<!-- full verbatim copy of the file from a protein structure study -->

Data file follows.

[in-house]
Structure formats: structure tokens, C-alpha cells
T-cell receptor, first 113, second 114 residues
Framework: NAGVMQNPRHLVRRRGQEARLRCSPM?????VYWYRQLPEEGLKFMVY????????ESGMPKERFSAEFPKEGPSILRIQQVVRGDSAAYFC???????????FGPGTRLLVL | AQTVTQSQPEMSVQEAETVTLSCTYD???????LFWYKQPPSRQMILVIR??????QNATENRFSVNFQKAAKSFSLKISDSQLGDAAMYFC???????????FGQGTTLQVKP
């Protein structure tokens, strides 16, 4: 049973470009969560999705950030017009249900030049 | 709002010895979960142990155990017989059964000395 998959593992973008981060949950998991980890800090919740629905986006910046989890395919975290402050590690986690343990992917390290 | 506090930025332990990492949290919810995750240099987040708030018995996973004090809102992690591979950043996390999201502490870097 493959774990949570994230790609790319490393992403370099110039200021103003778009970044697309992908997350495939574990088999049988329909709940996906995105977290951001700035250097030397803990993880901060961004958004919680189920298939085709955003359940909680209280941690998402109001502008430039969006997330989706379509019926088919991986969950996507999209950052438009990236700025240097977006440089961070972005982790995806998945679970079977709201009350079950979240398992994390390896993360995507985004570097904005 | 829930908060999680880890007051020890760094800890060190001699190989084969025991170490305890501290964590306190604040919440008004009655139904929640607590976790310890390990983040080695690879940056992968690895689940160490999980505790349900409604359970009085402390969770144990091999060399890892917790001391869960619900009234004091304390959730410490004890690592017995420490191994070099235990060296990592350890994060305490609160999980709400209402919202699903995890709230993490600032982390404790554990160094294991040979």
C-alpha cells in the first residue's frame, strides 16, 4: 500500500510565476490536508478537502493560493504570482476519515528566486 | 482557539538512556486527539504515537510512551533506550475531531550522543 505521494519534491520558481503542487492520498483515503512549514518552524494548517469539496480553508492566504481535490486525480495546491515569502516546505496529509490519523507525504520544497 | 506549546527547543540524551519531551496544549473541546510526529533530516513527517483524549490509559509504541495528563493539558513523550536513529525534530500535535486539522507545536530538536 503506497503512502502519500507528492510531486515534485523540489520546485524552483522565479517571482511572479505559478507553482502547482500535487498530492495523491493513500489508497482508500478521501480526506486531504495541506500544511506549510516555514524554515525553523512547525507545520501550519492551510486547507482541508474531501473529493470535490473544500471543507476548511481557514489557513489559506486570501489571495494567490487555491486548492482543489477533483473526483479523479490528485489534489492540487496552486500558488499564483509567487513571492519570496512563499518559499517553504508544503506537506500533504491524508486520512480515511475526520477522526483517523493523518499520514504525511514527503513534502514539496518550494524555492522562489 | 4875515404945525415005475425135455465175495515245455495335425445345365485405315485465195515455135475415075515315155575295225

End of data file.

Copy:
[in-house]
Structure formats: structure tokens, C-alpha cells
T-cell receptor, first 113, second 114 residues
Framework: NAGVMQNPRHLVRRRGQEARLRCSPM?????VYWYRQLPEEGLKFMVY????????ESGMPKERFSAEFPKEGPSILRIQQVVRGDSAAYFC???????????FGPGTRLLVL | AQTVTQSQPEMSVQEAETVTLSCTYD???????LFWYKQPPSRQMILVIR??????QNATENRFSVNFQKAAKSFSLKISDSQLGDAAMYFC???????????FGQGTTLQVKP
């Protein structure tokens, strides 16, 4: 049973470009969560999705950030017009249900030049 | 709002010895979960142990155990017989059964000395 998959593992973008981060949950998991980890800090919740629905986006910046989890395919975290402050590690986690343990992917390290 | 506090930025332990990492949290919810995750240099987040708030018995996973004090809102992690591979950043996390999201502490870097 493959774990949570994230790609790319490393992403370099110039200021103003778009970044697309992908997350495939574990088999049988329909709940996906995105977290951001700035250097030397803990993880901060961004958004919680189920298939085709955003359940909680209280941690998402109001502008430039969006997330989706379509019926088919991986969950996507999209950052438009990236700025240097977006440089961070972005982790995806998945679970079977709201009350079950979240398992994390390896993360995507985004570097904005 | 829930908060999680880890007051020890760094800890060190001699190989084969025991170490305890501290964590306190604040919440008004009655139904929640607590976790310890390990983040080695690879940056992968690895689940160490999980505790349900409604359970009085402390969770144990091999060399890892917790001391869960619900009234004091304390959730410490004890690592017995420490191994070099235990060296990592350890994060305490609160999980709400209402919202699903995890709230993490600032982390404790554990160094294991040979």
C-alpha cells in the first residue's frame, strides 16, 4: 500500500510565476490536508478537502493560493504570482476519515528566486 | 482557539538512556486527539504515537510512551533506550475531531550522543 505521494519534491520558481503542487492520498483515503512549514518552524494548517469539496480553508492566504481535490486525480495546491515569502516546505496529509490519523507525504520544497 | 506549546527547543540524551519531551496544549473541546510526529533530516513527517483524549490509559509504541495528563493539558513523550536513529525534530500535535486539522507545536530538536 503506497503512502502519500507528492510531486515534485523540489520546485524552483522565479517571482511572479505559478507553482502547482500535487498530492495523491493513500489508497482508500478521501480526506486531504495541506500544511506549510516555514524554515525553523512547525507545520501550519492551510486547507482541508474531501473529493470535490473544500471543507476548511481557514489557513489559506486570501489571495494567490487555491486548492482543489477533483473526483479523479490528485489534489492540487496552486500558488499564483509567487513571492519570496512563499518559499517553504508544503506537506500533504491524508486520512480515511475526520477522526483517523493523518499520514504525511514527503513534502514539496518550494524555492522562489 | 4875515404945525415005475425135455465175495515245455495335425445345365485405315485465195515455135475415075515315155575295225